Sri Lanka is a land of temples and a temple is often the dominant feature in any village no matter how remote it may be. The south is dominated by Buddhist Temples and the East by the Hindu Kovils and Muslim Mosques. There are many temples in Mahiyangana as well and we visit a couple that are quite stunning before we say good bye to this town.
Along the road journeys it is also quite common to see massive Buddha statues. Here’s one that dominates the landscape from a top this massive rock. We have a long drive to the Puttlam Peninsula across the island, driving up and over the hills once more, this time stopping for lunch in Kandy, one of our ancient capitals. We check in to our hotel in the late afternoon. It is a beautiful location, overlooking the Puttlam lagoon but it is the hottest we have encountered it during our entire time on the road. Fortunately, it cools down a little at night and we have dinner at the little table you can see in the picture here!
The next morning we explore the peninsular. It has a great laid back feel to it but it is also quite stark and is sparsely populated with large coconut plantations and more randomly scattered Talicot palm trees. Occasionally we spot a massive mansion in amongst the coconut palm. Holidays homes of the rich plantation owners who reside in Colombo. One of the points of attraction here is the Shrine of St Anne’s at Talawila, which has a long history. While there are many stories about its origins, one of the more popular ones is that of a European sailing ship that was ship wrecked around here during the 18th century. The vessel was dedicated to St Anne and was carrying her image. The sailors asked for her protection and came ashore at this spot carrying a replica of her image. They vowed they would return and build a shrine on this spot to St Anne who they believe had given them protection and saved them from the seas.Today, hundreds of thousands of pilgrims from all walks of life visit this popular shrine, which is believed to have special powers, especially for women who hope to get pregnant! The festival of boats and the feast of St Joseph,held in March are popular & festive times around here. More than a hundred brightly decorated boats are drawn up on the beach, the fisher folk stay in tents on the beach and other pilgrims in tents around the gardens of the shrine. Even as we walked around and explored we saw plans of a lot more development scheduled in the area to accommodate the pilgrims who visit from all across the island. There are little bits of historic remnants of the colonial period around the peninsular as well, like this little Dutch church we ran across.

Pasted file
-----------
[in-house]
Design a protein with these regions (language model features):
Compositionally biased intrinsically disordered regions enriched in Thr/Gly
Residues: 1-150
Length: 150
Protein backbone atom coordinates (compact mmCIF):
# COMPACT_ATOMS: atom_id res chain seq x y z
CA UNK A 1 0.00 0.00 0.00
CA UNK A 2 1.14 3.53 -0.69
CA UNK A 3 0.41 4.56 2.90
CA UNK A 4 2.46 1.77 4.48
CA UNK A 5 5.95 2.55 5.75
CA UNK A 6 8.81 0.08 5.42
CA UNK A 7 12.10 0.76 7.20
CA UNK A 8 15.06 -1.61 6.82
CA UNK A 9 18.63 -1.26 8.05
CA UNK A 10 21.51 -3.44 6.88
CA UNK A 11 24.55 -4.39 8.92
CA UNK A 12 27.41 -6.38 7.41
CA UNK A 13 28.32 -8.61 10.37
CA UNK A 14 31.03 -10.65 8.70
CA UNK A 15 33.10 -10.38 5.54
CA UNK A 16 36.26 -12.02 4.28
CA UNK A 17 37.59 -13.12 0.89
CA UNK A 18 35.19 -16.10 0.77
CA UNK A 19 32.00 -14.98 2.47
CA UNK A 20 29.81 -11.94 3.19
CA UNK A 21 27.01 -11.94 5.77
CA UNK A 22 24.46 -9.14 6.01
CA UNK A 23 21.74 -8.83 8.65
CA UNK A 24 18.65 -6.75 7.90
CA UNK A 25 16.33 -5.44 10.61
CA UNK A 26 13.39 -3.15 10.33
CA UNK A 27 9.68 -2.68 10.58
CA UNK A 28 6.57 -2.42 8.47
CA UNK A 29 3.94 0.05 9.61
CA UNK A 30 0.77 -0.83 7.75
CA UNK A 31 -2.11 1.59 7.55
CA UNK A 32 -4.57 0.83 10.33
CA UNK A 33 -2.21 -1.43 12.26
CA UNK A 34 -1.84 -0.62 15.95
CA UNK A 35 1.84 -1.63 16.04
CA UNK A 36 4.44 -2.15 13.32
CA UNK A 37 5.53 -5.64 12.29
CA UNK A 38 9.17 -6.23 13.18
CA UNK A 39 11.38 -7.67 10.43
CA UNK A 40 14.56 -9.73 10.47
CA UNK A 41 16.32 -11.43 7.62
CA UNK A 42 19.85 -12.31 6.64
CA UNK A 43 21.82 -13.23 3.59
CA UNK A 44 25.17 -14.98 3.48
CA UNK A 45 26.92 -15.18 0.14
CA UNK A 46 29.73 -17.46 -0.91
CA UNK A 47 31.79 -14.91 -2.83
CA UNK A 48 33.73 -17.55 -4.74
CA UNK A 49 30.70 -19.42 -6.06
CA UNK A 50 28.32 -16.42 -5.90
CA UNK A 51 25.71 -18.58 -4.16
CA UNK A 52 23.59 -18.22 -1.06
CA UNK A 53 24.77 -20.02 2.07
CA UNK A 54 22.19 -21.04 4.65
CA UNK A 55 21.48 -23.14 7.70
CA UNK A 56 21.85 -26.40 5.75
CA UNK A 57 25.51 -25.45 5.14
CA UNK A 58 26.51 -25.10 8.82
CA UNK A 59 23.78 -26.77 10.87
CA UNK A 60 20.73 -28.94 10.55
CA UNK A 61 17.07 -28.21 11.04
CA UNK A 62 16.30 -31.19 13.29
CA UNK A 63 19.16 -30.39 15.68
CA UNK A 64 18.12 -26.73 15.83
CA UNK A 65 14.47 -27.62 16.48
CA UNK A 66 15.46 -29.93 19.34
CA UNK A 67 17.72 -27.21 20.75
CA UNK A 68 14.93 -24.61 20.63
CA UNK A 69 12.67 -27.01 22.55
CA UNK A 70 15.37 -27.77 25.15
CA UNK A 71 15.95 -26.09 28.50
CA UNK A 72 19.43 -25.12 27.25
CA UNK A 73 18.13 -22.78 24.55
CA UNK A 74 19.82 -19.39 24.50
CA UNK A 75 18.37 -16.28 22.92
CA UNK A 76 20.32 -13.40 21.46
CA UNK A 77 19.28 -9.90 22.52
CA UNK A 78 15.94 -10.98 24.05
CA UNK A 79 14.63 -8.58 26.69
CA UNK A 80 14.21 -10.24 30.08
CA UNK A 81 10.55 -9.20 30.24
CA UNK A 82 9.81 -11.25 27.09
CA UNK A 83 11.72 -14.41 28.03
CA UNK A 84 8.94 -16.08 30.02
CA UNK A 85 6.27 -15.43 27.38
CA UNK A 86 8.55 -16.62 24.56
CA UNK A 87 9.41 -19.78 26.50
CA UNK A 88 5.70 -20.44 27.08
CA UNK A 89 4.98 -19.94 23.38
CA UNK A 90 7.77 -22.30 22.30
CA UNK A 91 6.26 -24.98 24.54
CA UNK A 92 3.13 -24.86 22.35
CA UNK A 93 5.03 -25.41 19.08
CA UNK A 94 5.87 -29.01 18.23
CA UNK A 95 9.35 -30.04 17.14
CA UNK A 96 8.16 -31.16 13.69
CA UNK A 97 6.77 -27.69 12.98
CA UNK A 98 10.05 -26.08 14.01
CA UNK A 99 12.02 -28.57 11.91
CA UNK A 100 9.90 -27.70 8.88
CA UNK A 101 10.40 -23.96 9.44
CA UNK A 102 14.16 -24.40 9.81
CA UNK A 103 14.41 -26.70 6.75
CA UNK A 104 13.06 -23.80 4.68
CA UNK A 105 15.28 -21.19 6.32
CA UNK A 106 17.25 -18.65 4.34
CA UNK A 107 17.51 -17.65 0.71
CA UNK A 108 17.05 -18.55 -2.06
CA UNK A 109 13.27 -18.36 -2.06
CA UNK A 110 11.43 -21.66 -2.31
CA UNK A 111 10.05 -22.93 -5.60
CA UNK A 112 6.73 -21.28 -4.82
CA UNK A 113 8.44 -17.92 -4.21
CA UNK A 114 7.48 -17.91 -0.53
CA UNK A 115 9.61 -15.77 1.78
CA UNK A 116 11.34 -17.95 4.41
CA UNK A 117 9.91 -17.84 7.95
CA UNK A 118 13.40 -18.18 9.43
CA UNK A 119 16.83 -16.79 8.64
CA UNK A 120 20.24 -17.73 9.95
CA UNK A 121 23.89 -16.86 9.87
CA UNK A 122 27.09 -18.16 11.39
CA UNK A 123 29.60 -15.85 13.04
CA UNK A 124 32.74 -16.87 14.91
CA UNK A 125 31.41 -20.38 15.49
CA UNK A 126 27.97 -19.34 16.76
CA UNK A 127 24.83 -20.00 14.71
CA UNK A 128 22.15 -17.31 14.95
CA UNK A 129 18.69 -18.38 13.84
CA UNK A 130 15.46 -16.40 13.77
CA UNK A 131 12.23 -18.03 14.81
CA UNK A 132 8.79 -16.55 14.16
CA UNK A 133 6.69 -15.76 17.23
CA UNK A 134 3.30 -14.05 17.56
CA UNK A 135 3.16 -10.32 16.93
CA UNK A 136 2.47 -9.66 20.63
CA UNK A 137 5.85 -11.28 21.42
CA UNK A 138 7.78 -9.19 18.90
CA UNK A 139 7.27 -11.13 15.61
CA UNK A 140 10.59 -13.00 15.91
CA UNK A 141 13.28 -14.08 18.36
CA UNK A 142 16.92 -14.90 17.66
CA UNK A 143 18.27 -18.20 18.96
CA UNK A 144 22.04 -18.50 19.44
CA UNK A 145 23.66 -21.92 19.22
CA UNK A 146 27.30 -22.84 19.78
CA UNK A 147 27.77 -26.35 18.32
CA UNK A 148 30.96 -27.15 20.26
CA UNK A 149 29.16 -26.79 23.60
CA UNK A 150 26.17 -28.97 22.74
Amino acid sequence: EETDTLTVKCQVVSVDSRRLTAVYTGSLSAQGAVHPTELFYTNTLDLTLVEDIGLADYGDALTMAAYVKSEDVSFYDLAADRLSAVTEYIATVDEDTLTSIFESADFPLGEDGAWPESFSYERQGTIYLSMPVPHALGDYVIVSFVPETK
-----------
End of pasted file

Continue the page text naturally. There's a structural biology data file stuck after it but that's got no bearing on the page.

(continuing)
We also visited the village of Kalpitiya on this peninsular famous as the gateway to see dolphins. Unfortunately, we have arrived at the wrong season and the seas are too choppy for us to take a boat ride out to the ocean. We look around the harbour. Deep sea fisherman are getting ready for their two week journey out to sea. Some of them were mending their nets and others cleaning out some of the dried fish they had brought back with them. I had always wondered what this peninsula was like. Now I know. It would be lovely to have leisurely explored it further on a bike and I wondered if there was a cooler season when I could revisit!
We set off for Colombo the next day. We make a few stops along the way and the first is to visit the Muneswaran Hindu Temple near a town called Chilaw on the west coast. Another famous temple, this time for Hindu devotees, it is quite stunning inside. We are taken around by one of the temple residents and I am amazed at his excellent command of Sinhalese, given he is Tamil. He gives us a great tour and I am allowed to take photos as memories of this sacred place.
Its time for our lunch stop. We are planning on visiting my uncle (my dad’s brother) who lives on the coast here so we say goodbye to the temple and head south.
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